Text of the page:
Many B2B content marketers spend most of their time producing blog posts, white papers, eBooks and other inbound morsels designed to attract their target audience.
We’re basically digital fishermen*, but without the occupational hazards of real fishermen.
Fishing for visitors is what we’re supposed to be doing on a daily basis.
However, there are some fishing holes that most B2B marketing departments neglect. With the proper attention, these untapped waters will reward your company with
food revenue for years.
But First, A Little Reminder Of Why We’re Doing Content In The First Place
The beautiful thing about posting textual and image content to your domain is that once it’s up, it will forever attract search engine users. It just takes that initial effort to get your content up and your work is basically done.
This is one of the reasons why blog posts work so well. If you look at the traffic of any blog that’s been consistently pumping out content for a couple years, you usually see the same trend:
Now when that same concept is applied in the right place on your main website, it can do wonders….
Most B2B Websites Follow The Same Structure
One reason why it’s easy to talk about this strategy is that most B2B websites have similar website structures.
It usually looks something like this:
So what’s missing?
Well, it has to do with that first webpage on the left called “Features.” The mistake that most B2B companies make is that they bunch all their features on one webpage. The problem with doing that is it hurts your ability to attract search engine traffic for each of your features (and/or services).
A Quick SEO Lesson
Let’s take a step back and review some SEO fundamentals real quick.
Every properly created webpage has something called a title tag in its source code. The source code is the code a web browser “reads” to figure out how to display all the text, styling, images and videos to you the viewer.
And usually, at the top of the source code is the title tag. Here’s what it looks like:
Search engines basically read this first and say to themselves, “Hey! This must be what this page is about!” It turns out that the title tag carries a lot of weight when the search engines are going about their indexing business.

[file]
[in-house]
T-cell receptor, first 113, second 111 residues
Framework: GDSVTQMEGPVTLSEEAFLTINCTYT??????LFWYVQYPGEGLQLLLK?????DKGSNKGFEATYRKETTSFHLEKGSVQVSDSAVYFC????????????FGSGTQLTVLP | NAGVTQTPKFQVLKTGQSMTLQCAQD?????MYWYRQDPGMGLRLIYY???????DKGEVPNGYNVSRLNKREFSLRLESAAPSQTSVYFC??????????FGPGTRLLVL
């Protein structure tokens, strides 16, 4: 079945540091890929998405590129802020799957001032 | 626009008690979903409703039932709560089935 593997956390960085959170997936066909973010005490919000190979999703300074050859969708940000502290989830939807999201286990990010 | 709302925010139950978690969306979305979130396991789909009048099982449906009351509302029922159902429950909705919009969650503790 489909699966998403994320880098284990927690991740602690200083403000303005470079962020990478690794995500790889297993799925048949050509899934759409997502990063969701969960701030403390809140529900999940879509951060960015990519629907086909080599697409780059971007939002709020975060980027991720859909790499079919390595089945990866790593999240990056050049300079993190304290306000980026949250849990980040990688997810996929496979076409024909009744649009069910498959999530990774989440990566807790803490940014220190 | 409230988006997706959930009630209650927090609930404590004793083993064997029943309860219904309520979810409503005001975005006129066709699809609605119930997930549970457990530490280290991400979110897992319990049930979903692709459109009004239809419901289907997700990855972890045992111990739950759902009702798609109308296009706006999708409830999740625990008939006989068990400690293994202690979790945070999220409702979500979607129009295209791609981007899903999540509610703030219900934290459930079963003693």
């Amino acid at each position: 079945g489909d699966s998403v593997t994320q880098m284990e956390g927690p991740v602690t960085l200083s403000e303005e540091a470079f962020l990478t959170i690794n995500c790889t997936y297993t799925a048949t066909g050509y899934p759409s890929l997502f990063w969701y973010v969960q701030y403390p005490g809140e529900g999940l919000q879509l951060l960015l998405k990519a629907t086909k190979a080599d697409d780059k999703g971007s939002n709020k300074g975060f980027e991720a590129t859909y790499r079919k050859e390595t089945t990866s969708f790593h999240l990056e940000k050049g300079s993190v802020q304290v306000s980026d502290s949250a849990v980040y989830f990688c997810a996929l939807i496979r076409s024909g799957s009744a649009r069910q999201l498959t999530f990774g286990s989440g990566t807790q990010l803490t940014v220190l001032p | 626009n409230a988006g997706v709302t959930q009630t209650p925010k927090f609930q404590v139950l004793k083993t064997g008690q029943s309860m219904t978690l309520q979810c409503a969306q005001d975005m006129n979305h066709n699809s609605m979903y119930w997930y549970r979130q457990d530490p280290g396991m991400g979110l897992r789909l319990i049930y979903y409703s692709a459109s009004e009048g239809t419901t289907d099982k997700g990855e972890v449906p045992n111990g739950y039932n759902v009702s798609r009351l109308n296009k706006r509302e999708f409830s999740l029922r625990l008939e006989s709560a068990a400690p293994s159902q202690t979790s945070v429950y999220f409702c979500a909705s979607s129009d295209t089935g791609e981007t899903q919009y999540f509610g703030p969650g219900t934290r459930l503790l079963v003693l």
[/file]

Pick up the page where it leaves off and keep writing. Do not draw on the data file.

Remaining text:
They also go on and read the rest of the webpage to get an even better idea of what that page is about. Think of the title tag as the key component in helping the search engines get your content indexed for the right queries.
As a matter of fact, they’ll pull your title right from your webpage and slap it on their search results page.
Here’s the title tag from http://www.outbrain.com/amplify:
And here is the webpage listed in the Google results:
Let’s go back to your typical B2B “Features” webpage. As a search engine, what are you supposed to do with a title tag like this?
How about a human visitor? What does that do for them?
It might be a better idea to serve visitors with results like ones below (let’s assume you’re in the explainer video space). Therefore, you’re home page might have the following title tag:
The idea is that concise language that pertains to what you do is in the home page title tag. It tells the search engines what your company is about and helps to frame the rest of the site SEO-wise.
For your feature page it’s not the end of the world if your title tag is this:
The reason why is because you’re going to create new webpages for all your specific features:
You can make a more specific title tag for your features page, just be sure you’re not duplicating what’s on your home page title tag.
Finally, you’re going to want to link to all these specific feature pages from your main features page.
Most companies tend to lump this content all on to one page. It’s best to break down this content into separate webpages to attract search engine visitors to individual pages.
Think of them as individual landing pages. The beauty of this strategy is that search engine traffic generally converts better when targeted visitors land on a webpage that matches their search intent.
Taking This Strategy Further
Not only can you break down all your features into specific webpages, you should also consider doing the same thing for all your services and use cases.
Running with the explainer video brand example, let’s assume they also make custom explainer videos. We can put this webpage under “Services.”
Let’s also say we do narrations for commercials and non-animated video commercials:
Each service now has a dedicated webpage with a customized (non-generic) title tag. Now we’re set up to attract the perfect target audience to our individual service landing pages.